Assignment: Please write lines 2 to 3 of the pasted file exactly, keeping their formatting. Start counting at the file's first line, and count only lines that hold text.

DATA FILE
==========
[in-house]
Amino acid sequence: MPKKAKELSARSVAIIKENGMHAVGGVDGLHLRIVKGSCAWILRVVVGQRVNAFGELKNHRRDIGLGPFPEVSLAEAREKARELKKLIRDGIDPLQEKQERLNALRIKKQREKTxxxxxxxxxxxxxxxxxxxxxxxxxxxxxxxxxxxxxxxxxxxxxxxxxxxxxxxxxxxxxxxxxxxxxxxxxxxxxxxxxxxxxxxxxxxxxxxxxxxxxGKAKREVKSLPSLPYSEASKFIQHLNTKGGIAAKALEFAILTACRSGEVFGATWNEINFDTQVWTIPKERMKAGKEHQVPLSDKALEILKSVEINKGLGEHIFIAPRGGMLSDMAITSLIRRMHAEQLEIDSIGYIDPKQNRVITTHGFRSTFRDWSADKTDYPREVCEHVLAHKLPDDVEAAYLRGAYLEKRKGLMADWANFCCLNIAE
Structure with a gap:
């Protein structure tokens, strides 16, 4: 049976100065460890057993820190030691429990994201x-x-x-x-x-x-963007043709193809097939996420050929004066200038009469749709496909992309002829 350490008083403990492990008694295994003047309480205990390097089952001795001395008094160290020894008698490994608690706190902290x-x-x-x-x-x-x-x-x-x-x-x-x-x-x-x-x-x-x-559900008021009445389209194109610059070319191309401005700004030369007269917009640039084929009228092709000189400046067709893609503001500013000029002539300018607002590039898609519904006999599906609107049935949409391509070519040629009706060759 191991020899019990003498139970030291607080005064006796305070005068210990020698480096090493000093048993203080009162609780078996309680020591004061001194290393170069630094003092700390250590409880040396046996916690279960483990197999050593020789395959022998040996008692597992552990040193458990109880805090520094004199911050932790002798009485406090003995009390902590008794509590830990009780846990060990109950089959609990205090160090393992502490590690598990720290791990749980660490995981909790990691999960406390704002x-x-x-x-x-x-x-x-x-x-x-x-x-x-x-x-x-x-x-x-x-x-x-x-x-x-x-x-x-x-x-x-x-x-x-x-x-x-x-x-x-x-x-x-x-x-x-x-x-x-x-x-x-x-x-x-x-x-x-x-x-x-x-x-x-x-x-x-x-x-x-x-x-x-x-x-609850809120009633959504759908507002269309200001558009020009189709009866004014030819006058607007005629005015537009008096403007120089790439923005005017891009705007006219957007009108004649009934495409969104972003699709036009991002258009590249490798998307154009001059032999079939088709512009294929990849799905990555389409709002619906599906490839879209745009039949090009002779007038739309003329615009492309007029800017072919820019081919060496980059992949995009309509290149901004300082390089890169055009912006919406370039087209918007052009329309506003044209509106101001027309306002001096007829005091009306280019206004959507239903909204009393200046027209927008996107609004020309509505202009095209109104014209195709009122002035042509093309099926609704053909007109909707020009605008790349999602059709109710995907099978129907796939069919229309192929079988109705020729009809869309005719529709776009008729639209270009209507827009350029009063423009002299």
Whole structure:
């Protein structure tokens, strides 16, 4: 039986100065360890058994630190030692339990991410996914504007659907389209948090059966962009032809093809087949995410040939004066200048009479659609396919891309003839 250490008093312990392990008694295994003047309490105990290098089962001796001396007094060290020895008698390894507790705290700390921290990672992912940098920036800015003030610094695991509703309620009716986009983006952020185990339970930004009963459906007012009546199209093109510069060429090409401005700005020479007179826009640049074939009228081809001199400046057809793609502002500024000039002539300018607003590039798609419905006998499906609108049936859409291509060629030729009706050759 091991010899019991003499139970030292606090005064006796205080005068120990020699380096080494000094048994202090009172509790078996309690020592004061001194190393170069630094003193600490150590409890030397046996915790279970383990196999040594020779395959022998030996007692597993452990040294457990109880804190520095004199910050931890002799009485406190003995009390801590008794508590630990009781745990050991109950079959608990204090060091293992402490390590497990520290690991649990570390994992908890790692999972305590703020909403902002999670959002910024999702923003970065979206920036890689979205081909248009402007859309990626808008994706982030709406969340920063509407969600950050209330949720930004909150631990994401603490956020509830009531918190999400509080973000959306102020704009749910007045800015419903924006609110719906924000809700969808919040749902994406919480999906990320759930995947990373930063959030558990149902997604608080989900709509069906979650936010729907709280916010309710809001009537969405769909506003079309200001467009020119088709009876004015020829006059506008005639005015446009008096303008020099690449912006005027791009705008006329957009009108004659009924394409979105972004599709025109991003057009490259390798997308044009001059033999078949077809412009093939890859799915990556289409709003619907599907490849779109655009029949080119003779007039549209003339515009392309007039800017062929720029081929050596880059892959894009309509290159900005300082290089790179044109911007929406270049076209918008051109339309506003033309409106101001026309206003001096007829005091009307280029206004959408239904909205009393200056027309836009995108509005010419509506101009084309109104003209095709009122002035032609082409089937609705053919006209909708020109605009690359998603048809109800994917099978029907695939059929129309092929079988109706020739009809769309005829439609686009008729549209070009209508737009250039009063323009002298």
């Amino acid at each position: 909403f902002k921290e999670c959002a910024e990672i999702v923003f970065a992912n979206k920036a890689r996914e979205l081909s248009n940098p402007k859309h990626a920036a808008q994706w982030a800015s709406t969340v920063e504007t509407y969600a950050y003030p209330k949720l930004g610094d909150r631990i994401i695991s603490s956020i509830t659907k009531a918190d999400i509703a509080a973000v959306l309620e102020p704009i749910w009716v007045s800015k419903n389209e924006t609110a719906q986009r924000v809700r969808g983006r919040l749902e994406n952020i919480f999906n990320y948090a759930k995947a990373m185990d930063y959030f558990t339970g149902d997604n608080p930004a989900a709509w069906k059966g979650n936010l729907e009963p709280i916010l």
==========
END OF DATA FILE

Amino acid sequence: MPKKAKELSARSVAIIKENGMHAVGGVDGLHLRIVKGSCAWILRVVVGQRVNAFGELKNHRRDIGLGPFPEVSLAEAREKARELKKLIRDGIDPLQEKQERLNALRIKKQREKTxxxxxxxxxxxxxxxxxxxxxxxxxxxxxxxxxxxxxxxxxxxxxxxxxxxxxxxxxxxxxxxxxxxxxxxxxxxxxxxxxxxxxxxxxxxxxxxxxxxxxGKAKREVKSLPSLPYSEASKFIQHLNTKGGIAAKALEFAILTACRSGEVFGATWNEINFDTQVWTIPKERMKAGKEHQVPLSDKALEILKSVEINKGLGEHIFIAPRGGMLSDMAITSLIRRMHAEQLEIDSIGYIDPKQNRVITTHGFRSTFRDWSADKTDYPREVCEHVLAHKLPDDVEAAYLRGAYLEKRKGLMADWANFCCLNIAE
Structure with a gap: